Kenan drew a plan of the buildings and skywalks along one side of the main avenue of Baku. There are ~n~ buildings numbered from ~0~ to ~n-1~ and ~m~ skywalks numbered from ~0~ to ~m-1~. The plan is drawn on a two-dimensional plane, where the buildings and skywalks are vertical and horizontal segments respectively.
The bottom of building ~i~ ~(0 \le i \le n-1)~ is located at point ~(x[i],0)~ and the building has height ~h[i]~. Hence, it is a segment connecting the points ~(x[i],0)~ and ~(x[i],h[i])~.
Skywalk ~j~ ~(0 \le j \le m-1)~ has endpoints at buildings numbered ~l[j]~ and ~r[j]~ and has a positive ~y~-coordinate ~y[j]~. Hence, it is a segment connecting the points ~(x[l[j]], y[j])~ and ~(x[r[j]],y[j])~.
A skywalk and a building intersect if they share a common point. Hence, a skywalk intersects two buildings at its two endpoints, and may also intersect other buildings in between.
Kenan would like to find the length of the shortest path from the bottom of building ~s~ to the bottom of building ~g~, assuming that one can only walk along the buildings and skywalks, or determine that no such path exists. Note that it is not allowed to walk on the ground, i.e. along the horizontal line with ~y~-coordinate ~0~.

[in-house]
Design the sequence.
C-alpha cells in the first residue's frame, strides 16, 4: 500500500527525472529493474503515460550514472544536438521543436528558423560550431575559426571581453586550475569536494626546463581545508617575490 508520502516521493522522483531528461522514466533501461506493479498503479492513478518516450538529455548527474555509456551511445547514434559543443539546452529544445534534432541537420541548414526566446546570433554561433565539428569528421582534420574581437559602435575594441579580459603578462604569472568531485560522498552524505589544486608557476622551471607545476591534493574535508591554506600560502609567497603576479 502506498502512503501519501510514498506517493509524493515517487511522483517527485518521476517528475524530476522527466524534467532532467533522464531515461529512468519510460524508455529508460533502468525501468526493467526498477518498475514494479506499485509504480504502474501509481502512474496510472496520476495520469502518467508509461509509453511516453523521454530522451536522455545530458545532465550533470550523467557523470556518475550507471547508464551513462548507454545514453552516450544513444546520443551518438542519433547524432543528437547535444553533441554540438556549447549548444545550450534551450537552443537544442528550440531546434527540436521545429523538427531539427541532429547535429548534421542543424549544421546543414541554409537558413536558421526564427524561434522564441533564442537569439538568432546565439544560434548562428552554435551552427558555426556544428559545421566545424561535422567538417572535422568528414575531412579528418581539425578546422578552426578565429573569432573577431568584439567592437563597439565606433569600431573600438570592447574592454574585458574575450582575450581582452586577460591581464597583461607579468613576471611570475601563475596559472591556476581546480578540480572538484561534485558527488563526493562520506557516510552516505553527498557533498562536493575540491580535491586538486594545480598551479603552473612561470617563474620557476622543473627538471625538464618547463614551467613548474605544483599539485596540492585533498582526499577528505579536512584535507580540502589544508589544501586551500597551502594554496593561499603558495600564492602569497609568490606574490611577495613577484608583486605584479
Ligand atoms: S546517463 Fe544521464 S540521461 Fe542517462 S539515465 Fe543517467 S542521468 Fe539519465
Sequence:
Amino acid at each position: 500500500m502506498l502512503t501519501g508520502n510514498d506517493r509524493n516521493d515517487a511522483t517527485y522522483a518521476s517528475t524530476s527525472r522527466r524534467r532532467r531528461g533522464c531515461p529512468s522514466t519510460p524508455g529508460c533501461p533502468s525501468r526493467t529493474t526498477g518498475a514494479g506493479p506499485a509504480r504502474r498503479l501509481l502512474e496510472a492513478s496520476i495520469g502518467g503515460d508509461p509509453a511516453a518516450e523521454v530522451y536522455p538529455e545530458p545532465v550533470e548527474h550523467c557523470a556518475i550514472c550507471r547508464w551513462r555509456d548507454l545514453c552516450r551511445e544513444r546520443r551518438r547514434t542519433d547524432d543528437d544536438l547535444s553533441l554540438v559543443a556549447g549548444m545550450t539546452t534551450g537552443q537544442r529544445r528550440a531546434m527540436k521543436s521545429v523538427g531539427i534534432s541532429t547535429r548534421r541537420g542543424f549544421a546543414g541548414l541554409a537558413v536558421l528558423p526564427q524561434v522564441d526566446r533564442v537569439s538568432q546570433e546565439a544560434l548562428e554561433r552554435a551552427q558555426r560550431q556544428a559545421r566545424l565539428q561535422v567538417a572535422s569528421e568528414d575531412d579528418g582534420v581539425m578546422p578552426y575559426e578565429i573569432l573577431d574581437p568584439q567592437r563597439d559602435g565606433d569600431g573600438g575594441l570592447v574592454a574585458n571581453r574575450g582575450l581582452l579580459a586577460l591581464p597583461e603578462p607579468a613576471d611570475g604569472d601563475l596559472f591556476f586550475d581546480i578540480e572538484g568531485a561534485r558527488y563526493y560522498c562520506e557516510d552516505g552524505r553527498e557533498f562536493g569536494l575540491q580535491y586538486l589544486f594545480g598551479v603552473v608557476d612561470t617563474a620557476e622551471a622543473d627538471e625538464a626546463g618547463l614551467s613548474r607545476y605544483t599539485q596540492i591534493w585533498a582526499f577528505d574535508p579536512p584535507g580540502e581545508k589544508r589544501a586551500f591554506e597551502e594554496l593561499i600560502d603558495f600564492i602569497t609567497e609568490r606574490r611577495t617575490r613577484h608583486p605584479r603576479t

One can walk from a skywalk into a building or vice versa at any intersection. If the endpoints of two skywalks are at the same point, one can walk from one skywalk to the other.
Your task is to help Kenan answer his question.
You should implement the following procedure. It will be called by the grader once for each test case.
long long min_distance(std::vector<int> x, std::vector<int> h, std::vector<int> l, std::vector<int> r, std::vector<int> y, int s, int g)
- ~x~ and ~h~: integer arrays of length ~n~
- ~l, r~, and ~y~: integer arrays of length ~m~
- ~s~ and ~g~: two integers
- This procedure should return the length of the shortest path between the bottom of building and the bottom of building ~g~, if such path exists. Otherwise, it should return ~-1~.
Consider the following call:
min_distance([0, 3, 5, 7, 10, 12, 14], [8, 7, 9, 7, 6, 6, 9], [0, 0, 0, 2, 2, 3, 4], [1, 2, 6, 3, 6, 4, 6], [1, 6, 8, 1, 7, 2, 5], 1, 5)
The correct answer is ~27~.
The figure below corresponds to Example 1:
min_distance([0, 4, 5, 6, 9], [6, 6, 6, 6, 6], [3, 1, 0], [4, 3, 2], [1, 3, 6], 0, 4)
The correct answer is ~21~.
- ~1 \le n,m \le 100\,000~
- ~0 \le x < x < \dots < x[n-1] \le 10^9~
- ~1 \le h[i] \le 10^9~ ~(~for all ~0 \le i \le n-1)~
- ~0 \le l[j] < r[j] \le n-1~ ~(~for all ~0 \le j \le m-1)~
- ~1 \le y[j] \le \min(h[l[j]],h[r[j]])~ ~(~for all ~0 \le j \le m-1)~
- ~0 \le s,g \le n-1~
- ~s \neq g~
- No two skywalks have a common point, except maybe on their endpoints.
- (~10~ points) ~n,m \le 50~
- (~14~ points) Each skywalk intersects at most ~10~ buildings.
- (~15~ points) ~s=0, g=n-1~, and all buildings have the same height.
- (~18~ points) ~s=0, g=n-1~
- (~43~ points) No additional constraints.
The sample grader reads the input in the following format:
- line ~1~: ~n \ m~
- line ~2+i~ ~(0 \le i \le n-1)~: ~x[i] \ h[i]~
- line ~n+2+j~ ~(0 \le j \le m-1)~: ~l[j] \ r[j] \ y[j]~
- line ~n+m~: ~s \ g~
The sample grader prints a single line containing the return value of